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Keeping the Eritrean Culture Alive

As said by anthropologist E.B Taylor, “culture is that complex whole which includes knowledge, belief, art, morals, law, customs and any other capabilities and habits acquired by a man as a member of society. Culture is an identity that separates people from one another. ” Culture holds to all the meanings of how humans became to be in their own ways and customs.

At a time when the world is overtaken by a technological tsunami and is becoming a small village, it is fair to say that only few people are interested in their culture and in keeping it alive. As such, one of the leading reasons for the annual Eritrean Festival is to showcase and embrace the nine ethnic groups’ culture. With a diversity of programs that took place at the grounds of expo this year, the cultural shows were prepared and presented professionally which won over the audiences’ hearts.

Today, Q&A talks to Mokonen Kidane, aka Shabai, an anthropologist. Mr. Mokonen is the Director of Research and Documentation for the Cultural Affairs of the PFDJ. He is also the coordinator of the cultural shows for this year’s National Festival.

  • Thank you for joining us Mr. Mokonen. How was the National Festival?

The National Festival gets better every year. I specifically want to talk about the cultural shows. It has got even more competitive and powerful. All the regions have prepared well and preformed dynamically. They all did their best to win over the audience’s and judges’ hearts, which I think they did. The national Eritrean festival mainly focuses on showcasing the Eritrean cultures and customs of the society. That way we can promote culture, dig deeper to explore it, and, most important of all, we introduce and remind the younger generations about the values and importance of the culture’s principles. The festivals are where people celebrate their identity in unison.

The festival is planned in cooperation with all the regions. The regions are presented with all the requirements that are qualified at the competition. There are four pillars in the contest; the display of cultural houses and way of living, traditional music and dance, the hall exhibition of the regions and oral tradition, which unfortunately was not part of this year’s festival due to technical reasons. However, we were able to compensate it with another department, a traditional musical instruments competition.

  • How fierce were the competitions?

In comparison with the previous years, the competitions have elevated the scale. It was an amazing performance in all the departments. All the divisions were led by a strong and professional team and all the performances were supported and studied well.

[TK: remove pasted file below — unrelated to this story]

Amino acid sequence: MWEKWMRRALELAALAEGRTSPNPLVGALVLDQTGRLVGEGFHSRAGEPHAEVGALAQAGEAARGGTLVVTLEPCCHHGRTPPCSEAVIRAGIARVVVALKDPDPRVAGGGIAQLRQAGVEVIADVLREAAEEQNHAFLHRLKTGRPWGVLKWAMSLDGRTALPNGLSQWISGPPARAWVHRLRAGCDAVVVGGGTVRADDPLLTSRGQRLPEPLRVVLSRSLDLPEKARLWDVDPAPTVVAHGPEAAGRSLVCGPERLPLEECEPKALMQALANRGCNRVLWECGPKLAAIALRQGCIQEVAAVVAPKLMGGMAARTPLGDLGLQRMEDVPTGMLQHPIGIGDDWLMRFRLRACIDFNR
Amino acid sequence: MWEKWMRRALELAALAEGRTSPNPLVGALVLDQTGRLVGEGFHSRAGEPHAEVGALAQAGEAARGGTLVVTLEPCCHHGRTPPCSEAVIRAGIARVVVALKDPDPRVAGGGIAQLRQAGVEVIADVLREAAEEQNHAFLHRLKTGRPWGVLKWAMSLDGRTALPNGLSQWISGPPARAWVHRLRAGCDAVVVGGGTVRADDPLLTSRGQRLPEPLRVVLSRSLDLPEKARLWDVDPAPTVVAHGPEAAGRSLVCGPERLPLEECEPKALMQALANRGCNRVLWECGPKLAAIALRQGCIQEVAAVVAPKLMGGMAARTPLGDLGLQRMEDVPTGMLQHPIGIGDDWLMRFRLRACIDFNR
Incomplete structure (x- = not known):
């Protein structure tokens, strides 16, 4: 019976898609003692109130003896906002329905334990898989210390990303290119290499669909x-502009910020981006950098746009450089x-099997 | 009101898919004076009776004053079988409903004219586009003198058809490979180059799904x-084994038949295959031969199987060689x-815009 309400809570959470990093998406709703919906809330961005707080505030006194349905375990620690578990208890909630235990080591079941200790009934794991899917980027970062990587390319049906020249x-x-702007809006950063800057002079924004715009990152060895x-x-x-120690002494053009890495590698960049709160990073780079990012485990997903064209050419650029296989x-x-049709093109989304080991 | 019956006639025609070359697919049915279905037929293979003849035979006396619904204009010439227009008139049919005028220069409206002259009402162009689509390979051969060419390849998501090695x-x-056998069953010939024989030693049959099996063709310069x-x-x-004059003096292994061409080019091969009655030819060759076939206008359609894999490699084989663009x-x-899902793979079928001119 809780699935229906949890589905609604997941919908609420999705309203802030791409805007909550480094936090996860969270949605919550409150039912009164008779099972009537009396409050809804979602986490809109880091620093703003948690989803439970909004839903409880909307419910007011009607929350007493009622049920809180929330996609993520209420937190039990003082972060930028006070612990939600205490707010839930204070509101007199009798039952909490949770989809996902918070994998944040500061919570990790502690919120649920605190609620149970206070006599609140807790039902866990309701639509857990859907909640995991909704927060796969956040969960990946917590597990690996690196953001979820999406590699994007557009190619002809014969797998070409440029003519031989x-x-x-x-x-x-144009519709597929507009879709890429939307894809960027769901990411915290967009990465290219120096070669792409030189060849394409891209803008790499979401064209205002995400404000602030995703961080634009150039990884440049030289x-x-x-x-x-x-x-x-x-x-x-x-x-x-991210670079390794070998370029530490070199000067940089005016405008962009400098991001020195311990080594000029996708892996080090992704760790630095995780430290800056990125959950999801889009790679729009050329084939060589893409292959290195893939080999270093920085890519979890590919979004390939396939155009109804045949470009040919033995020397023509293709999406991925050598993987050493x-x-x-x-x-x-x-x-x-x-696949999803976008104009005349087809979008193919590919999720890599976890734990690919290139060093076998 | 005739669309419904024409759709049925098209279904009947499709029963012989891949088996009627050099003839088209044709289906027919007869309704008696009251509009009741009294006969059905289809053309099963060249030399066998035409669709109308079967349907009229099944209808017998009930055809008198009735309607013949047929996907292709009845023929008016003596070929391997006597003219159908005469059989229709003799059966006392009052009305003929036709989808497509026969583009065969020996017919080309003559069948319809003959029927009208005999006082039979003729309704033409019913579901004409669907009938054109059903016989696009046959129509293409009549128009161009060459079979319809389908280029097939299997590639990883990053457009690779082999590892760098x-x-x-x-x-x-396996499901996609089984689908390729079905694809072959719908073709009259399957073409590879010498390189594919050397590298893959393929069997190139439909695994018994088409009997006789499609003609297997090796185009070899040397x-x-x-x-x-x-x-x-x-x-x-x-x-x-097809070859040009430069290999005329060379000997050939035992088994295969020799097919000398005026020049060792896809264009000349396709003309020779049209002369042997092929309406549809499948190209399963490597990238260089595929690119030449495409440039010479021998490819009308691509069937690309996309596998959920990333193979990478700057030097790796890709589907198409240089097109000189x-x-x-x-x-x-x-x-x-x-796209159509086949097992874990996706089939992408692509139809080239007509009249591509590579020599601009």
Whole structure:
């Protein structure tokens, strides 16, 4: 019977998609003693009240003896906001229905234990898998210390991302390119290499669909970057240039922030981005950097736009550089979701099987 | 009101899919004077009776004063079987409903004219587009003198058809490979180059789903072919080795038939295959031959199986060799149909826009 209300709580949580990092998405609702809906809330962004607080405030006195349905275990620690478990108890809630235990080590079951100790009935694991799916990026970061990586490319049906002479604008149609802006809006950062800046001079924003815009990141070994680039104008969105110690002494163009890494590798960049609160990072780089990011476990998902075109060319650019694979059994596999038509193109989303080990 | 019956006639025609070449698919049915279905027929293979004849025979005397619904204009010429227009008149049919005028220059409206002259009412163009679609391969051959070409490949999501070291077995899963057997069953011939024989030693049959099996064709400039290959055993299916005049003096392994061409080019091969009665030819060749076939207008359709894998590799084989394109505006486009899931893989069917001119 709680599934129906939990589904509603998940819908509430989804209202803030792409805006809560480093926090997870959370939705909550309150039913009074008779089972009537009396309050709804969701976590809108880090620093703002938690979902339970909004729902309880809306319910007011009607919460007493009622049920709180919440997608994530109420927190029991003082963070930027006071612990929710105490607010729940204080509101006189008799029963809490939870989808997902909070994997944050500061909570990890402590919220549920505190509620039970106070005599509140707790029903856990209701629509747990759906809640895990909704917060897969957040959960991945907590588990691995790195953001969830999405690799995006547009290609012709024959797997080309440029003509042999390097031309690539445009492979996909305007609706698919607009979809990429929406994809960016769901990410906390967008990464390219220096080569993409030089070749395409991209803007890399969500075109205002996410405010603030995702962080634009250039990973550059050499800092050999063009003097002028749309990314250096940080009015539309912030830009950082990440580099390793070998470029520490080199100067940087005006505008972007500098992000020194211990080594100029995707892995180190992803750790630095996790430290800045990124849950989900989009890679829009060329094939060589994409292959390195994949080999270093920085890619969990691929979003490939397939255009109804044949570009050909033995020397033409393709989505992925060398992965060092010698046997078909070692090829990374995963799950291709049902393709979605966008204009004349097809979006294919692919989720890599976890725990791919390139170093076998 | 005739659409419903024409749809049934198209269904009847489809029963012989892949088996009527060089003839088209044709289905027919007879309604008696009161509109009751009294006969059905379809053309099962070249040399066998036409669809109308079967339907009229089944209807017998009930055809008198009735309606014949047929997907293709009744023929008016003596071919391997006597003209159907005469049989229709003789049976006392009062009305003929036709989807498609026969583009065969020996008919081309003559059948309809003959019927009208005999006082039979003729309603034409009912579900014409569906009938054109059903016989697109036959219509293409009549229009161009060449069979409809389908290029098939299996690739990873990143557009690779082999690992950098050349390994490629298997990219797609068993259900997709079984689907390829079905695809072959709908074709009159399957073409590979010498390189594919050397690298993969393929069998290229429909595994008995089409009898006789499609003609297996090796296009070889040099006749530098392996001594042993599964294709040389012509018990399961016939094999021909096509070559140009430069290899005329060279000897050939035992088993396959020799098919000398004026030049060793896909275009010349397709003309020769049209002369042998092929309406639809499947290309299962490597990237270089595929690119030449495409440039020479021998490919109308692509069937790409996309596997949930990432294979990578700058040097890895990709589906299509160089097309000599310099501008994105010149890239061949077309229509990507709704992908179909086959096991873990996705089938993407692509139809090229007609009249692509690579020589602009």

For every competition we had five judges who were chosen for their professional prominence. The judges weren’t allowed to give more than 50% of the scores because we want to avoid biased that could have occurred. The other 50% was given through discussion between the judges.

Also, what was surprising was the traditional musical instrument performers. They have shown skillful talent. The competitions have also allowed us to see that our traditional musical instruments can be used in various musical styles.

  • Would you please give us an insight into the winners of this year’s festival?

I want to be clear that all were winners. However, they had to be separated since it was a competition. So, Southern Region won the traditional music and dance competitions followed by the Central and Gash-Barka regions. The Central region performed well and won the traditional musical instruments competition. For the display of traditional houses and way of living, the Gash-Barka region was exquisite. Anseba region presented greatly at the hall exhibitions and was the winner. Again, prizes were given to best individual performers.

  • Can you say something about what can be done to preserve our culture?

Culture is a vast subject to get in to. Generally speaking, it is something that defines our identity, who we are and where we came from. Eritrea has a beautiful diversified culture which hasn’t been explored as much. Culture is something we get from our ancestors and give to the next generation. Undeniably, culture changes with time; some things are lost and some are added.

For instance, Oral tradition is one of the many aspects culture holds. Basically, any information we get verbally is an oral tradition. I don’t think we did well in that department. As I said, culture is told by the elders to whom we have to talk to before it is too late because people forget and people die. When an old person dies, it is almost like we have lost a big library. The history and culture dies with them. Books haven’t been written about the oral traditions, except for that one Solomon Tsehaye, a renowned writer and researcher, wrote. That book is just a drop in the ocean. We can do much more.

In my opinion, cultural institutions should be established. That way, we can manage to organize campaigns to explore the cultural diversity we have.

  • Anything you want to remind our readers about?

Culture is an identity. If you don’t know who you are and where you came from, it is challenging to move forward. We are people who have a rich history and beautiful culture. Let’s work to embrace it and teach the younger generations who they are. At the end I would like to add a remark on festivals. I think that it would be a good idea if thematic festivals were organized. We can have a festival just for kids, a cultural festival or a musical one. People would get to enjoy and experience those different departments in many ways.

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